The most perilous time for Europe since its emergence from World War II will form the backdrop this week as finance officials meet to confront a debt crisis that threatens the global economy.
Investors and analysts are skeptical that the talks in Washington will yield any breakthroughs that would restore confidence in Europe's financial system.
For Christine Lagarde, who took over as head of the International Monetary Fund in June, the crisis poses a tough first test. Lagarde has warned that without bold and collective action, the world's major economies risk slipping back into recession.
Those concerns were underscored Tuesday when the IMF downgraded its outlook for the global economy, the United States and Europe for this year and 2012. It said Europe's debt troubles and a persistent slowdown in the United States were mainly to blame for the gloomier forecast.
The IMF's chief economist, Olivier Blanchard, warned that the global economy had entered a "dangerous new phase." Investors have grown more skeptical about the ability of many countries to manage their debt, Blanchard suggested.
Those concerns are centered, in particular, on Greece. That nation could default on its debt next month unless its receives a $10.9 billion installment from a bailout fund managed by the European Central Bank, the European Commission and the IMF.
Greek officials are trying to convince officials who manage the bailout that it's doing all it can to meet budget targets that require it to shrink government spending.
Since May 2010, Greece has depended on a $150 billion rescue fund set up by other countries in the 17-nation group that uses the euro currency and by the IMF. Without the next installment of that support, Greece has only enough money to last through mid-October.
A default by Greece could destabilize other financially troubled European countries, such as Portugal, Ireland, Spain and Italy. It would also deal a blow to many European banks, which are large holders of Greek government bonds.
Last week, Moody's downgraded the credit ratings of two large French banks. Worries about Europe's debt troubles have fanned volatility in global financial markets in recent weeks.
Treasury Secretary Timothy Geithner has made two trips to Europe this month to discuss solutions to the crisis. His trips included the first by a U.S. Treasury secretary to a meeting of European finance officials.
At that session in Poland last Friday, Geithner discussed programs that the United States used to confront its own financial crisis in 2008 and 2009 and pushed for a stronger commitment by European countries.
"Markets don't respond well if you have the threat of cascading defaults," Geithner said in an interview Monday on PBS's "Nightly Business Report. "The basic thing that governments have to do is remove that catastrophic risk."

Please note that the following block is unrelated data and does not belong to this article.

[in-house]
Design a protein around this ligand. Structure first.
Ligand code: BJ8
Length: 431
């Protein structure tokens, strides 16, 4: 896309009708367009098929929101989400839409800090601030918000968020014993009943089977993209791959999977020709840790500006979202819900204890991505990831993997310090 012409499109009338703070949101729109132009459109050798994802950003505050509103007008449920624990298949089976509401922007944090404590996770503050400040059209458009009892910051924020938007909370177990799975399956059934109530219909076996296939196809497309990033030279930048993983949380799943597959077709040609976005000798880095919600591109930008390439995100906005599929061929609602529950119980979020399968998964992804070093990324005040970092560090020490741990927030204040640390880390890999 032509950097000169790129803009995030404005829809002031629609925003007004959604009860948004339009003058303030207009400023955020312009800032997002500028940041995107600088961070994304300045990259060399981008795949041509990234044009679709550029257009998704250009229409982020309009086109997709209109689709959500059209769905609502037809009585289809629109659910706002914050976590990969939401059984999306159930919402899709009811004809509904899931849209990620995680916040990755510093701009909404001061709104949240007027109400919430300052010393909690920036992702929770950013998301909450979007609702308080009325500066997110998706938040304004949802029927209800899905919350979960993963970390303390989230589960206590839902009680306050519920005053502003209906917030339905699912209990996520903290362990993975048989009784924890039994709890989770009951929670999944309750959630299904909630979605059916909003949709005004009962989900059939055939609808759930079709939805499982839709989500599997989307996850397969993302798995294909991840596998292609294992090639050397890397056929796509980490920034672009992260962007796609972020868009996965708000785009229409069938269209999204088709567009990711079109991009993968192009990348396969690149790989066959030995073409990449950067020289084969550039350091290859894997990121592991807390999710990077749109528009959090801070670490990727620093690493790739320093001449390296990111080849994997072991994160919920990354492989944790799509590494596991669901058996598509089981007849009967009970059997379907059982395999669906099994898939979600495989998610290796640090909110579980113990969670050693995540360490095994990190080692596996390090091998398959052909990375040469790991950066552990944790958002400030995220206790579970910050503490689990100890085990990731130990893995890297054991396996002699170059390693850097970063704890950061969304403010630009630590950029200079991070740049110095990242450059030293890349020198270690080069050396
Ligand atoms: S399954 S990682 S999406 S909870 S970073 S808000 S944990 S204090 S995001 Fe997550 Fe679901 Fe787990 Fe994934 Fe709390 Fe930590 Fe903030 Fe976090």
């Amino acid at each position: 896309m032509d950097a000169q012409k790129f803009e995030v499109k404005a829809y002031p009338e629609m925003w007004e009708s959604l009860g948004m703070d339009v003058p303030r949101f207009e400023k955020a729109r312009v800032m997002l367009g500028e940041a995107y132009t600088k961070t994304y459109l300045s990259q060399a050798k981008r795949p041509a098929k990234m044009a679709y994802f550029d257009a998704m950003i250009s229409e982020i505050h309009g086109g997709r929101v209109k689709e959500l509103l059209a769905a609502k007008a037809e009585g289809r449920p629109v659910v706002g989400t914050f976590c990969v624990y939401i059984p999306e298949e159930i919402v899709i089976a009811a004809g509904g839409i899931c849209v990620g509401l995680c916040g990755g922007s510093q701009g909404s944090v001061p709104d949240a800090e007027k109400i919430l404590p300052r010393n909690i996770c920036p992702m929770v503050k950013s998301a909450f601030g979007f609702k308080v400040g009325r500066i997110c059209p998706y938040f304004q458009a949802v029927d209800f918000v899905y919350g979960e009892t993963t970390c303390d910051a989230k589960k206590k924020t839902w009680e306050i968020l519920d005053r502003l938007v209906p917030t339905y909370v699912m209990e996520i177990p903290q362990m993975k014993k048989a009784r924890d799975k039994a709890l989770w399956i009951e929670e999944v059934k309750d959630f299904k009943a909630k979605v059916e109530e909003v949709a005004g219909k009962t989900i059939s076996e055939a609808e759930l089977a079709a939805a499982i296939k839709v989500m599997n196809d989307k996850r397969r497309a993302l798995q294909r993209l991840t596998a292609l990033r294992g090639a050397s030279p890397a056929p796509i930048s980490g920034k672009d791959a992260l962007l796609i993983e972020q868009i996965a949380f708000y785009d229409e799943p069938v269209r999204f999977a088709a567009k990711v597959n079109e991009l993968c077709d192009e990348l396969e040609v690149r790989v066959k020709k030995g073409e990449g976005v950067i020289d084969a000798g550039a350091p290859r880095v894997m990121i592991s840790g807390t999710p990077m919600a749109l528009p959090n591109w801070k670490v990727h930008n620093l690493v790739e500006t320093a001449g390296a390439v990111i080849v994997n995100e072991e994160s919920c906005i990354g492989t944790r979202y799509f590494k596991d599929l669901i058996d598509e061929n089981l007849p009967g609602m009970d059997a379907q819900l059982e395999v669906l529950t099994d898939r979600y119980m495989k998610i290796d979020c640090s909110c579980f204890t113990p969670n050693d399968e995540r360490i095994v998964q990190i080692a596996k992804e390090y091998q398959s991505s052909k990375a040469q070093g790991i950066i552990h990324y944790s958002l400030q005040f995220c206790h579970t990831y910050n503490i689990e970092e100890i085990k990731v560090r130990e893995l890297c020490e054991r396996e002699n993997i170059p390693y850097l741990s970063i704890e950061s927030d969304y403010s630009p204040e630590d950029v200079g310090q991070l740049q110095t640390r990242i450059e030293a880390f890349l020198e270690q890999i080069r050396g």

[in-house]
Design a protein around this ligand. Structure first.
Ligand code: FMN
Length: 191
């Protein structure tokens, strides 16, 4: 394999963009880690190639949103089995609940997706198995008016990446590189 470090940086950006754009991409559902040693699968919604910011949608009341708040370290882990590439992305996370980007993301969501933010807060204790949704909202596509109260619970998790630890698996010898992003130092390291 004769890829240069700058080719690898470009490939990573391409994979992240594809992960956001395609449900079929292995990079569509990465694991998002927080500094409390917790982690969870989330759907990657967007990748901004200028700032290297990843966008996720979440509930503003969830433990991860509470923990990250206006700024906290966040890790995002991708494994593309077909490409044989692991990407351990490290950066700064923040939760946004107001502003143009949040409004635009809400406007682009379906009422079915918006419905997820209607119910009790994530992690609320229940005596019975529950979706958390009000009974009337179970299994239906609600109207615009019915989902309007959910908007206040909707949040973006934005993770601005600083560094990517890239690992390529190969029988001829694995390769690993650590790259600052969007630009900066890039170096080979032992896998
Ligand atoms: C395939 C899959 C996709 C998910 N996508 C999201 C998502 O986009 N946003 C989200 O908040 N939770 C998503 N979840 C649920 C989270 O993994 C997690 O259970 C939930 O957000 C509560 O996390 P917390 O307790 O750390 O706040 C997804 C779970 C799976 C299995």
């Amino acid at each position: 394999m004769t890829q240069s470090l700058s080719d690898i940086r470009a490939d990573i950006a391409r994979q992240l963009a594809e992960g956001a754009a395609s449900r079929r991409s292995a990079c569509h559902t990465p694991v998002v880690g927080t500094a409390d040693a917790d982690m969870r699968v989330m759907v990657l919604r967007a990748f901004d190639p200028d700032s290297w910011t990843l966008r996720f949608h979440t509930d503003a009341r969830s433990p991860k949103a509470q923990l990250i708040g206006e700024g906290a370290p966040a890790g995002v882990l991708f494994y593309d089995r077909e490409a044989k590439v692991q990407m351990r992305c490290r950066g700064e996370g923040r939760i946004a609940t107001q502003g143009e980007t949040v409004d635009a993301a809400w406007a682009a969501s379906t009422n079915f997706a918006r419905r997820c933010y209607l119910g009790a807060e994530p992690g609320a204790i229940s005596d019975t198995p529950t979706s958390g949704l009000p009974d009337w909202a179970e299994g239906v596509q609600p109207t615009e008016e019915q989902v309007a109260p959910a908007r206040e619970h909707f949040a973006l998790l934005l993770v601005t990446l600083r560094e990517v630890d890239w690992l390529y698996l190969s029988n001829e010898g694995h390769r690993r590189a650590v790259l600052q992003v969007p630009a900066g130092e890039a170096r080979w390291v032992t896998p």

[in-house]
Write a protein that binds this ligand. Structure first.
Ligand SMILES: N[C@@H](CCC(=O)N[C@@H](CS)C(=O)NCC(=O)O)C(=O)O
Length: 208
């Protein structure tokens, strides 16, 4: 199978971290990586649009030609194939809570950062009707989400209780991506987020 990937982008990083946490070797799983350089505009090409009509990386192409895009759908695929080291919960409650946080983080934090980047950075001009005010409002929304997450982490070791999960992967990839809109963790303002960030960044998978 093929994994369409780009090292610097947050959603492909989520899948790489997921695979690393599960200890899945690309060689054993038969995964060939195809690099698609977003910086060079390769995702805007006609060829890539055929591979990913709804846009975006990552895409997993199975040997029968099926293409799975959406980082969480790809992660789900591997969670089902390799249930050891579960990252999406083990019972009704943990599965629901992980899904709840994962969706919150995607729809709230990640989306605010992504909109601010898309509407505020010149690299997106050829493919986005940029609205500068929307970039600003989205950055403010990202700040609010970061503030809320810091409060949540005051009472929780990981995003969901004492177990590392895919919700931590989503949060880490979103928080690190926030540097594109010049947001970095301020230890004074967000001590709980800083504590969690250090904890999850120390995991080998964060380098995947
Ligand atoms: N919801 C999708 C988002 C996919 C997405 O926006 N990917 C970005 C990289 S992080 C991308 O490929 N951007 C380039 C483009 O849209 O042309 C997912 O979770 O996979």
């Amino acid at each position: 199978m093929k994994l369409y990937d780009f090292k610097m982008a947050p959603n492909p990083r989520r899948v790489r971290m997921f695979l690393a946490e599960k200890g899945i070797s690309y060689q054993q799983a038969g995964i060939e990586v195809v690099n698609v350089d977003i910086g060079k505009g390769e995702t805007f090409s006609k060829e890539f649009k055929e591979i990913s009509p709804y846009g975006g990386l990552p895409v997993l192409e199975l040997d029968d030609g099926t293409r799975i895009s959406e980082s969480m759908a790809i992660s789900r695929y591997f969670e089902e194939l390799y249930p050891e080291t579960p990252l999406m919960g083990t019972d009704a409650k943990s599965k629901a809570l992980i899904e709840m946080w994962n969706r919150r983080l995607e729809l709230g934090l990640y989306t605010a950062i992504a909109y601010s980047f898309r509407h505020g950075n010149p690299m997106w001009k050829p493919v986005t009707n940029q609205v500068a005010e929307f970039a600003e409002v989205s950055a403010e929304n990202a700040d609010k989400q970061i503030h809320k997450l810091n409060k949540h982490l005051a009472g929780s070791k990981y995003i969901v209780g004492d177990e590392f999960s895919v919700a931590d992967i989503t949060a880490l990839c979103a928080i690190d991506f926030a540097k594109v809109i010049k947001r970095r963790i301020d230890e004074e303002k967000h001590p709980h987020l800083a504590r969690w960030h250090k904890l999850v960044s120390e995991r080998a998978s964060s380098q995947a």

Geithner's trip to Poland was an effort to nudge Europe toward a lasting solution to its debt problems, which have endured for nearly two years. But his remarks evoked grumbling, which some critics said amounted to lecturing.
Austria's Finance Minister Maria Fekter criticized some of Geithner's policy prescriptions. She said America's economic performance was in some ways worse than that of the 17 countries in the euro zone.
Europe is expected to face further outside pressure when finance officials of the Group of 20 nations meet for a working dinner Thursday night and talks on development issues Friday. The Group of 20 includes traditional economic powers and emerging economies such as China, Brazil and India.
Those discussions will be a prelude to the annual meetings of the 187-nation IMF and its sister lending institution, the World Bank, on Friday and Saturday.
Some reports have suggested that Europe could be rescued if countries with bulging trade surpluses such as China recycled some of that money into the purchase of European government debt. But World Bank President Robert Zoellick cautioned against thinking that any "silver bullet" would resolve Europe's crisis.
Zoellick said there would be opposition within China, with its still-low per-capita incomes, to rescuing Europe. "I just don't think that is going to happen," he told reporters this week.
Lagarde, a former French finance minister, succeeded Dominique Strauss-Kahn, who stepped down in May to fight charges of attempted rape that were later dismissed. In a speech previewing this week's talks, Lagarde praised Obama's new job-creation plan. Still, she said it should coincide with long-term efforts to control government spending.
Lagarde said European nations with heavy debt burdens must also get control of government spending. And she said European banks need to boost their capital reserves to prepare for potential loan defaults -- an issue that the IMF's new economic forecast also raised.
In the end, analysts expect this week's meetings to produce little progress beyond the usual joint statements in which major economies pledge closer cooperation to fight the global slowdown but withhold any major financial commitments.
"Every major economy, including the United States and European countries, are facing a lot of political uncertainty at the moment," said Eswar Prasad, an economist at Cornell University. "That uncertainty is preventing them from making a concerted effort to resolve their financial problems."
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